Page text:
This report explores how guaranteed income might address gaps and deficits in policies designed to address America’s housing affordability crisis. One hundred guaranteed income pilots have emerged since 2018 on top of an intermittent history of cash-based policy legislation, proposals, and experiments in America over the course of the 20th century. Less well documented are the supplementary and comparative advantages of cash infusion vis-à-vis programs restricted to meeting basic needs, such as housing, food, and child care.
Our analysis of guaranteed income as a strategy to combat the affordable housing crisis cites secondary data from past experiments as well as current demonstrations that have released evaluation data. In addition to using secondary data, we conducted interviews with key stakeholders from three recent municipal guaranteed income pilots in Austin, TX; Arlington, VA; and Chicago, IL; to glean their thinking about the relationship between cash infusion and housing stability. These findings demonstrate that cash-based approaches to the affordable housing crisis provide:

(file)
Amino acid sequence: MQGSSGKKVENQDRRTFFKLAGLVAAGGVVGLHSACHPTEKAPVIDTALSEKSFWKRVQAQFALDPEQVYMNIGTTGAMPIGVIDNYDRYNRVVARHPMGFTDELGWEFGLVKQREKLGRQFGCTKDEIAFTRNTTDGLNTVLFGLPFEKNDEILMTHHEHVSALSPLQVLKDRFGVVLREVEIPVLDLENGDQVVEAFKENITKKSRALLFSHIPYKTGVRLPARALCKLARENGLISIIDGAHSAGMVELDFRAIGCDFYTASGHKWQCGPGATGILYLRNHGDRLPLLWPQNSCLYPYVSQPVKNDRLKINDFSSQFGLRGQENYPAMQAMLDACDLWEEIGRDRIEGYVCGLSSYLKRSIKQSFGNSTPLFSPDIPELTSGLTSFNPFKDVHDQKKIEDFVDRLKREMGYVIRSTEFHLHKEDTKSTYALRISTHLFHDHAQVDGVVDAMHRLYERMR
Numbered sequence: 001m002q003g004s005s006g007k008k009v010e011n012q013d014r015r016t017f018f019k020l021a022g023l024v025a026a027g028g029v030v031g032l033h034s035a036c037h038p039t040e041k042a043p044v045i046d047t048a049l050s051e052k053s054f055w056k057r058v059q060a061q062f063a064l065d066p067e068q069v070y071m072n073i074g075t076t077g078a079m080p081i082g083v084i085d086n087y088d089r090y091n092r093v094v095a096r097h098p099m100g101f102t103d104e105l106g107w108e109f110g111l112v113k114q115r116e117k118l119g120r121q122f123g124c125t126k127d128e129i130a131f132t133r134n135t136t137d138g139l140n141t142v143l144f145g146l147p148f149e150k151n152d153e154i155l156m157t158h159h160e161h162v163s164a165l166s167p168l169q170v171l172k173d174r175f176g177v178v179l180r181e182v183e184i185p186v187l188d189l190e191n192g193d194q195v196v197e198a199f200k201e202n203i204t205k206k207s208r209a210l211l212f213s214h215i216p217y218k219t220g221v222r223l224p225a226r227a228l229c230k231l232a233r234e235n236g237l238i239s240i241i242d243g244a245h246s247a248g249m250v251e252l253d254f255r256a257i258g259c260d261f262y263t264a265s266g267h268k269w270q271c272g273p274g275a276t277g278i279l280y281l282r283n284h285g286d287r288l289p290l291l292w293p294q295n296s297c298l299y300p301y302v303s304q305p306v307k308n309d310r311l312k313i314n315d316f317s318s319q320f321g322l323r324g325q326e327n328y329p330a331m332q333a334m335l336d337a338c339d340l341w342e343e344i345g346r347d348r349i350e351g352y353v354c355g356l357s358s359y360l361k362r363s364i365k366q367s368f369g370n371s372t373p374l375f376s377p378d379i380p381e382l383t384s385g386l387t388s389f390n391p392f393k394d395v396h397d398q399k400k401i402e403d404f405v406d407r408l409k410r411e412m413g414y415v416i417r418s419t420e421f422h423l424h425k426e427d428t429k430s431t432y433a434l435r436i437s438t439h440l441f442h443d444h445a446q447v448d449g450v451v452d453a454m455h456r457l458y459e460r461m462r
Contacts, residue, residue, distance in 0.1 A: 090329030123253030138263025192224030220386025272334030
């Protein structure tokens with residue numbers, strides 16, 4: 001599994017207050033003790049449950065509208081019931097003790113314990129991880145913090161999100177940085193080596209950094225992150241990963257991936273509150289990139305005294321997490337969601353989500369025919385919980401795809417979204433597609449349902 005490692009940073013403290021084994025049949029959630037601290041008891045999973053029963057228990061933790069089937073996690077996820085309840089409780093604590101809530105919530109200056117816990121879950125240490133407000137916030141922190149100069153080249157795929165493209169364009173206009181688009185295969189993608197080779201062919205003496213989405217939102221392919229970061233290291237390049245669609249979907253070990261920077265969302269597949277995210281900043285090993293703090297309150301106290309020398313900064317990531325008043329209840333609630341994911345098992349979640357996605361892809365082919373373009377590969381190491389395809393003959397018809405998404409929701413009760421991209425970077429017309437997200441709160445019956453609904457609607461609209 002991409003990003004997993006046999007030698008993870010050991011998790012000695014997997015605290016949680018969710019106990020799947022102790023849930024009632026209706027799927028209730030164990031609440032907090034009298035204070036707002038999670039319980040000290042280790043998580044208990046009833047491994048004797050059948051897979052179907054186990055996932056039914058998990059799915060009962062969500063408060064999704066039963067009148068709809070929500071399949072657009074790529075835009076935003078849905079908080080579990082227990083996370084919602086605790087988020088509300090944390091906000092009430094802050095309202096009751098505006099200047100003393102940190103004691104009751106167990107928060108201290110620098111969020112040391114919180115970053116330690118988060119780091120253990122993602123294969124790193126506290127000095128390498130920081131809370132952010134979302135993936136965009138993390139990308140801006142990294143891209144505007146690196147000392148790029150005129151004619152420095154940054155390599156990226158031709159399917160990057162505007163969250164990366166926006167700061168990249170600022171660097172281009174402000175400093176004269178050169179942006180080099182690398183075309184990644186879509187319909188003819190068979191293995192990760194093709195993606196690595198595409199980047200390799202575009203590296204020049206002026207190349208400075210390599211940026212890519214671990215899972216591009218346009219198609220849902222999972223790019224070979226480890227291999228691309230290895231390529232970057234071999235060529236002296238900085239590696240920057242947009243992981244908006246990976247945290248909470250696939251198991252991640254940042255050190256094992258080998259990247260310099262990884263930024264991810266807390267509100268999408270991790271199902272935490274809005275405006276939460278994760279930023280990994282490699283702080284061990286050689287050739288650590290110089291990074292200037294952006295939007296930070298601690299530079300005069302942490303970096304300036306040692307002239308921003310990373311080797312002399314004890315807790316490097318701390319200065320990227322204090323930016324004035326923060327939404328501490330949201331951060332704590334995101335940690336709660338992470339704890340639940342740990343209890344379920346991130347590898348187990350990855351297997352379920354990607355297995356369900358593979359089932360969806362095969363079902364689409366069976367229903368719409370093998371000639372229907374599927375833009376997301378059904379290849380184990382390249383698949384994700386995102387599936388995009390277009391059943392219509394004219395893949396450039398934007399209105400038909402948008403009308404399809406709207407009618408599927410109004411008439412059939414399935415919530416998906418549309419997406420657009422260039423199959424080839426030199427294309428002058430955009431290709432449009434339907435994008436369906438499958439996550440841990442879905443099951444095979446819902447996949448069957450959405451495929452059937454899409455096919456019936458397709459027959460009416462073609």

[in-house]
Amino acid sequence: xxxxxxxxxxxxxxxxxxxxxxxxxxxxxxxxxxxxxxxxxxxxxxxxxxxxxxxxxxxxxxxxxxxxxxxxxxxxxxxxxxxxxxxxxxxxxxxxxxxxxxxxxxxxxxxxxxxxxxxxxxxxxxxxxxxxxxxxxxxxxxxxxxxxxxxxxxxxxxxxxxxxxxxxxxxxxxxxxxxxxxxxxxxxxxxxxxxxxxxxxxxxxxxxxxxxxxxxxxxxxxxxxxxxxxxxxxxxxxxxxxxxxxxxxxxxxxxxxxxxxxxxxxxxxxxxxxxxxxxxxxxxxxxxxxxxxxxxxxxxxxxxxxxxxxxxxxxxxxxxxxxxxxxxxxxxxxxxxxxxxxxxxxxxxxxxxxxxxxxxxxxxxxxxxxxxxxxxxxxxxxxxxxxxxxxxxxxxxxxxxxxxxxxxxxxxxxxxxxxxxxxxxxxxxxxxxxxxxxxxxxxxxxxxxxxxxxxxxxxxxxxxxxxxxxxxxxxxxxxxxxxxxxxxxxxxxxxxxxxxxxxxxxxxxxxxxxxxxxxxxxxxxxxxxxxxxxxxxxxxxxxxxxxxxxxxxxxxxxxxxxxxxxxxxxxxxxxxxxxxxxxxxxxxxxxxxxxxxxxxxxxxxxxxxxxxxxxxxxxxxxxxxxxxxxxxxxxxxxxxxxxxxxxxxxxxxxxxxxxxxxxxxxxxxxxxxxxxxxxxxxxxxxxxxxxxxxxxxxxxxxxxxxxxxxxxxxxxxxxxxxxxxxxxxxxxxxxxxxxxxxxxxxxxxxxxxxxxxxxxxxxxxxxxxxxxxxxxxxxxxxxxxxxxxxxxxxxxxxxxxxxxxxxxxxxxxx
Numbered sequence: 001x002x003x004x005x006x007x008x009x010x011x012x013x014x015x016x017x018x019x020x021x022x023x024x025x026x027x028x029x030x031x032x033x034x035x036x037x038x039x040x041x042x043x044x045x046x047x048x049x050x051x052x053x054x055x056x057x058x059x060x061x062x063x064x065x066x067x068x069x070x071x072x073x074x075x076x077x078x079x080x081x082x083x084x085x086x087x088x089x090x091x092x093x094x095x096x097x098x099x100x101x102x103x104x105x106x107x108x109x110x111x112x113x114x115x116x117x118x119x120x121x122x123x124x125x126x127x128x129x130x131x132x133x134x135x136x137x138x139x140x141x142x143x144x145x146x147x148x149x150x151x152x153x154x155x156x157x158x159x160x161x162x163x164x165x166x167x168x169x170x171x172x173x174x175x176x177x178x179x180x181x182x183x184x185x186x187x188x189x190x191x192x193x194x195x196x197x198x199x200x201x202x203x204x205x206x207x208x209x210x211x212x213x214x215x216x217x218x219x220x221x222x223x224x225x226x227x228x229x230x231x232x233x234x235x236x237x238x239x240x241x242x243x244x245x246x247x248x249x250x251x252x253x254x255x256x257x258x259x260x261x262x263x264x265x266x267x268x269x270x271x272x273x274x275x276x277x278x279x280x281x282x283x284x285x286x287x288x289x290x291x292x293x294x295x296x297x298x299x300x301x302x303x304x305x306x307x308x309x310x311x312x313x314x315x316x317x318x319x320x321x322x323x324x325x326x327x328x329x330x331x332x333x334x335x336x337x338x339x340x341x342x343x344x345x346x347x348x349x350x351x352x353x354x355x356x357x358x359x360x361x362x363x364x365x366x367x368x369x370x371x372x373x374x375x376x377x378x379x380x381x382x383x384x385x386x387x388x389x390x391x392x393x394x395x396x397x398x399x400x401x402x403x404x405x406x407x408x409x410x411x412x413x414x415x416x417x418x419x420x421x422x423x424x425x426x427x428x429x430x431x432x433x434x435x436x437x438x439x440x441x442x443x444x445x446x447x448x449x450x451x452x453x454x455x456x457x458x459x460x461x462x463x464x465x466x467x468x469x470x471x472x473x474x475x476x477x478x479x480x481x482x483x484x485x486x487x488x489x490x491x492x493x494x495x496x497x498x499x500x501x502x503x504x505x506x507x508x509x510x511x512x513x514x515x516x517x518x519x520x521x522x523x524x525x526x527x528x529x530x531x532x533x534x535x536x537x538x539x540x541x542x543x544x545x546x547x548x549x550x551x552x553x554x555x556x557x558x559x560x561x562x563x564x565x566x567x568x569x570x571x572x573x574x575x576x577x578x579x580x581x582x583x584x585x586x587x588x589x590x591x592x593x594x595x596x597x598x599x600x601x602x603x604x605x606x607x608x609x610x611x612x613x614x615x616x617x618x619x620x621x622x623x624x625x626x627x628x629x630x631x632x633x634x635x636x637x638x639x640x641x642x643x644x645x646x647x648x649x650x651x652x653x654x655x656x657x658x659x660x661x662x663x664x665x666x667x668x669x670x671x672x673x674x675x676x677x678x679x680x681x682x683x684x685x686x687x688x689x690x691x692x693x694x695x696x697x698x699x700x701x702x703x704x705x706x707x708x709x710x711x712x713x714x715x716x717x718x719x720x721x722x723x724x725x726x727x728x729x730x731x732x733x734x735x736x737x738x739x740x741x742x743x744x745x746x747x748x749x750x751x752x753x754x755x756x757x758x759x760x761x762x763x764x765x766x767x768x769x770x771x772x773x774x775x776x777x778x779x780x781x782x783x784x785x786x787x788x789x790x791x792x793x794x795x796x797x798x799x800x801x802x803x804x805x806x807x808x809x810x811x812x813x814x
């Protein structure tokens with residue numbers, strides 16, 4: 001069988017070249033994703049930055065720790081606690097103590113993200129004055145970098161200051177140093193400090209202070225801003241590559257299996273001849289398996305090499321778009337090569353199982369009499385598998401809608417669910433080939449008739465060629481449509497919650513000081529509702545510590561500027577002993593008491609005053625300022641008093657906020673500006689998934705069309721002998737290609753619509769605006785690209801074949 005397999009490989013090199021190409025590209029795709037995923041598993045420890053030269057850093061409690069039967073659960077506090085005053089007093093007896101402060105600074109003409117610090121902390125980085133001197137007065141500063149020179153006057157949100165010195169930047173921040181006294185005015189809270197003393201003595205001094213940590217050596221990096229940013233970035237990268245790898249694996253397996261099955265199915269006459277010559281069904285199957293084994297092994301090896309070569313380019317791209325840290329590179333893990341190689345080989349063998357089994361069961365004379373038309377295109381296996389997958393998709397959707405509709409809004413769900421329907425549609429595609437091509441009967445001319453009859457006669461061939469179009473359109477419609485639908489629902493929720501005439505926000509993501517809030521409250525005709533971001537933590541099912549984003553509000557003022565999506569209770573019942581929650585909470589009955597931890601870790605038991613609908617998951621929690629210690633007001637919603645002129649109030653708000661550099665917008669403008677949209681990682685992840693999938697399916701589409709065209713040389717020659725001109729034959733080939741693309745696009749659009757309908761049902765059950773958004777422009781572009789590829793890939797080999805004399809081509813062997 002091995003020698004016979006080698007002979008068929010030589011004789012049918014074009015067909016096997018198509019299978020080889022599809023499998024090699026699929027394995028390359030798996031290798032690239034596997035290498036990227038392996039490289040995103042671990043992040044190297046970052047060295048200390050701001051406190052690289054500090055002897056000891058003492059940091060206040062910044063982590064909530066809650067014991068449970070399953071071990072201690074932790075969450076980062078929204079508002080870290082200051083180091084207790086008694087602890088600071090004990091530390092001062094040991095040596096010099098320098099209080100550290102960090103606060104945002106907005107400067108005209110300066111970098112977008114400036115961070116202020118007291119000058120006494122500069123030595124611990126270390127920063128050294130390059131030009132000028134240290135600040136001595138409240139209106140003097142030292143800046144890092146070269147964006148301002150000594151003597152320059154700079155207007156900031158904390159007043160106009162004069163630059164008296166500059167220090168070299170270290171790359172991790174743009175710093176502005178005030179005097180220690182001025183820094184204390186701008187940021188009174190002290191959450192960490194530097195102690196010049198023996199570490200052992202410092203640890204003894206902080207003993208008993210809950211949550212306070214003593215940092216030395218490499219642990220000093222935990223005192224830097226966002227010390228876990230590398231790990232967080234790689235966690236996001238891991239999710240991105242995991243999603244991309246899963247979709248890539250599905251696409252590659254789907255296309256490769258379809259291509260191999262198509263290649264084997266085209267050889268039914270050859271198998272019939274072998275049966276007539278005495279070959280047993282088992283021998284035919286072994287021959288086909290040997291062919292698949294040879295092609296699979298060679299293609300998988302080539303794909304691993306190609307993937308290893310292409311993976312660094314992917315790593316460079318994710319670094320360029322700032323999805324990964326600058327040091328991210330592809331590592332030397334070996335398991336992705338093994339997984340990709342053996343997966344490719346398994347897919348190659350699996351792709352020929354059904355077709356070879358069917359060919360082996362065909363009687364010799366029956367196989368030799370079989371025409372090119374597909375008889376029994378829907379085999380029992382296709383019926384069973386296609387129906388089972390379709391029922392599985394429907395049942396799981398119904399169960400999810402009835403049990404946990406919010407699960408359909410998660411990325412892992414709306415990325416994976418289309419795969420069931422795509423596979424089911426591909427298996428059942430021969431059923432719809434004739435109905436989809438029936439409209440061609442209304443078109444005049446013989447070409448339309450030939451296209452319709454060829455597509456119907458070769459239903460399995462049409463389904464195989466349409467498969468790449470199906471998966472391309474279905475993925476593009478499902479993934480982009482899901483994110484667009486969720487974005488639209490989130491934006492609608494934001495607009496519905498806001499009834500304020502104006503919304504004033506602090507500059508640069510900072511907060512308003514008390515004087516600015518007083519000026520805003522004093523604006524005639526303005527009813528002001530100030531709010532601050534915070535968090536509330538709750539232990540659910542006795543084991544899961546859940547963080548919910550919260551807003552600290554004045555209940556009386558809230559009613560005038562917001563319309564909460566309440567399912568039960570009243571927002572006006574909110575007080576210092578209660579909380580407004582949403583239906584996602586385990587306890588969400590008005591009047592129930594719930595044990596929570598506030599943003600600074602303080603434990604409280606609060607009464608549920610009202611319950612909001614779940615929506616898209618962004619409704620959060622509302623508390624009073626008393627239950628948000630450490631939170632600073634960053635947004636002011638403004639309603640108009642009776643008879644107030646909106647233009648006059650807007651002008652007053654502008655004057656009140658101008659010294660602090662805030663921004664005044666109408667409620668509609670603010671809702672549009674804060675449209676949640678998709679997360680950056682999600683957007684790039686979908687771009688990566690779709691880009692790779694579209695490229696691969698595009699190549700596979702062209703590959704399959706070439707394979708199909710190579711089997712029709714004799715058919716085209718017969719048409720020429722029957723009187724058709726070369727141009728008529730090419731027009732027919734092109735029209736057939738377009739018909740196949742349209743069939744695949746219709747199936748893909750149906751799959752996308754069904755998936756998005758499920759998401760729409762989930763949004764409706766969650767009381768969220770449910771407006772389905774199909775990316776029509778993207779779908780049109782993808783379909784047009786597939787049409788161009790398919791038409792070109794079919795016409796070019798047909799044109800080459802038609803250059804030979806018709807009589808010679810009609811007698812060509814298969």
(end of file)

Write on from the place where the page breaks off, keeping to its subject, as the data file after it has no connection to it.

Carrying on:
- Better housing stability outcomes for more renters;
- More choice and dignity for all renters;
- Reduced disparity and discrimination against marginalized groups;
- Increased housing access for excluded groups; and
- Greater efficiency in delivering housing to those in need now
More research and data on how cash can specifically help to solve America’s thorniest policy problems are still needed. In particular, implementation studies to drill down on the interaction of cash with particular public benefit programs, not just for purposes of avoiding cliff effects, which is already being thoroughly explored, but for demonstrating how cash might supplement or supplant in-kind approaches altogether.